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Is There A Difference Between Cancellation And Nonrenewal Of Your Auto Insurance?

There is a big difference between your state's or your California auto insurance company canceling an auto insurance policy and it choosing not to renew it. Insurance companies, including California auto insurance companies, cannot cancel a policy that has been in force for more than 60 days except when:

  • You fail to pay the premium
  • You have committed fraud or made serious misrepresentations on your application
  • Your drivers license has been revoked or suspended.

Nonrenewal is a different matter. Either you or your California auto insurance company can decide not to renew the policy when it expires. Depending on the state you live in, your insurance company must explain its reason for not renewing your policy and give you a certain number of days notice before it drops your policy.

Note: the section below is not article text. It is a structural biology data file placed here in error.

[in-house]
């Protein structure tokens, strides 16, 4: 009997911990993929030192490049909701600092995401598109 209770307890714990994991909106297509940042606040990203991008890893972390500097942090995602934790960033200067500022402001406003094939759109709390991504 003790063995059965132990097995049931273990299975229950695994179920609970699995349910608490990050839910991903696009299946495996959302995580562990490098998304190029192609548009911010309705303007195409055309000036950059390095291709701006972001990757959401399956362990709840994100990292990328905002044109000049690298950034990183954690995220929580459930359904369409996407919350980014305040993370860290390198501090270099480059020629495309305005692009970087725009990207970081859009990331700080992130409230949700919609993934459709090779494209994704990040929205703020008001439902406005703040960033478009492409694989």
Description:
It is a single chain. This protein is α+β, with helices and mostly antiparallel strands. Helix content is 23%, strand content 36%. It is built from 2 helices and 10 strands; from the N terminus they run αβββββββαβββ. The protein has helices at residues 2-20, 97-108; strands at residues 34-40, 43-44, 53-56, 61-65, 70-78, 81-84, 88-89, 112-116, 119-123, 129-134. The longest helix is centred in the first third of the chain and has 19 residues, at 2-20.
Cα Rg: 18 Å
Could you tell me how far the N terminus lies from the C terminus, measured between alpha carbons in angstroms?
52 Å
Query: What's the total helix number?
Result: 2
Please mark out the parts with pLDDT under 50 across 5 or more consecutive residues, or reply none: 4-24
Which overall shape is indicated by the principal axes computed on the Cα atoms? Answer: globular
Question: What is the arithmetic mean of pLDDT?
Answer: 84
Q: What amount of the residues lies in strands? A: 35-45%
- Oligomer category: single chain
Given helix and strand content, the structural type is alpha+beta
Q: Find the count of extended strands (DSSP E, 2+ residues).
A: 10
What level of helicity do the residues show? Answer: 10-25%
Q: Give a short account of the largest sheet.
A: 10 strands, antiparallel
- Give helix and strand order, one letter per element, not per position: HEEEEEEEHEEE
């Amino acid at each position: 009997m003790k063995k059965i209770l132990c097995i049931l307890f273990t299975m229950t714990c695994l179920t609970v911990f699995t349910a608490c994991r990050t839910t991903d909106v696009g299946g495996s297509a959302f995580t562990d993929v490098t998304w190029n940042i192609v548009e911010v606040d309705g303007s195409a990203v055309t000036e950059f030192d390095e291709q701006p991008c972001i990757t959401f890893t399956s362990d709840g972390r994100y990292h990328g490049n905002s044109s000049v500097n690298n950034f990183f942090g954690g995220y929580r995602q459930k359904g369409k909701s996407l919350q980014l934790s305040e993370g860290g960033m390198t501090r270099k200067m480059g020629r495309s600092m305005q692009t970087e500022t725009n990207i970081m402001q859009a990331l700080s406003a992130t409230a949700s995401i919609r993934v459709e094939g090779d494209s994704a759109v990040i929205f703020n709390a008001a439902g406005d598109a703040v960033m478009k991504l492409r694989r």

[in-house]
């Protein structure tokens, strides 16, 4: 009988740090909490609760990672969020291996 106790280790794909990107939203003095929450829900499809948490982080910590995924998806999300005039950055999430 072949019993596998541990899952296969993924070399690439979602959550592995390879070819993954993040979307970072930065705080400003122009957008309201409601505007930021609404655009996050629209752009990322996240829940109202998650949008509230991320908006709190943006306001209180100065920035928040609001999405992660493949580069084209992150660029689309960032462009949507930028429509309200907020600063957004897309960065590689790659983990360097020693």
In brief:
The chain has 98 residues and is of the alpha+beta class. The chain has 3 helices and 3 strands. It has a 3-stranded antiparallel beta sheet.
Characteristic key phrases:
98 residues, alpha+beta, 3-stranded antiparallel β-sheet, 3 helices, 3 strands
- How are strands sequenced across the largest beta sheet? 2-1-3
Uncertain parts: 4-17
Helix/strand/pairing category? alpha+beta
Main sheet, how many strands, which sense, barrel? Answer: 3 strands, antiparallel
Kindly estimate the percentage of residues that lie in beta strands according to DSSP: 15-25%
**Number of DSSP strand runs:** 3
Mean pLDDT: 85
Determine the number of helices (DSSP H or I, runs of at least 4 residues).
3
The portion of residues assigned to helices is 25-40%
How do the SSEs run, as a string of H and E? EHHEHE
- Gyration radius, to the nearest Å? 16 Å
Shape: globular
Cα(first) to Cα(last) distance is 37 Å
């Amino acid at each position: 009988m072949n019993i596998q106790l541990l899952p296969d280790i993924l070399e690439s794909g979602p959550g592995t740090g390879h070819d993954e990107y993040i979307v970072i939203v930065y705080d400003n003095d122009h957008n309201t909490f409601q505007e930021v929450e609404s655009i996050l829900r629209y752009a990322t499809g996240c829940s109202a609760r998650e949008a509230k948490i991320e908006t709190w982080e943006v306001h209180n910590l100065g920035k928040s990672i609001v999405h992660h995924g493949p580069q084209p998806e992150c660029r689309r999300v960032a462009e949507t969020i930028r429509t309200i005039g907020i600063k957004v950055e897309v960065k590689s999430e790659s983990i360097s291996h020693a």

If you disagree with their decision, think the reason is unfair, or want a further explanation, call the auto insurance company’s consumer affairs division. If you don't get a satisfactory explanation, call your California state's or your state's insurance department.

Nonrenewal isn't always the result of something you did. The company may have decided to drop that particular line of auto insurance or to write fewer policies where you live. On the other hand, if you did something to raise the insurance company’s risk considerably, like drunk driving, the premium may rise accordingly, or your auto insurance company may decide not have your policy renewed.

You will not necessarily be charged a higher premium at another insurance company if your state's or your California auto insurance company did not renew your policy.

To find an independent California auto insurance agent, visit www.Direct Choice Insurance .com

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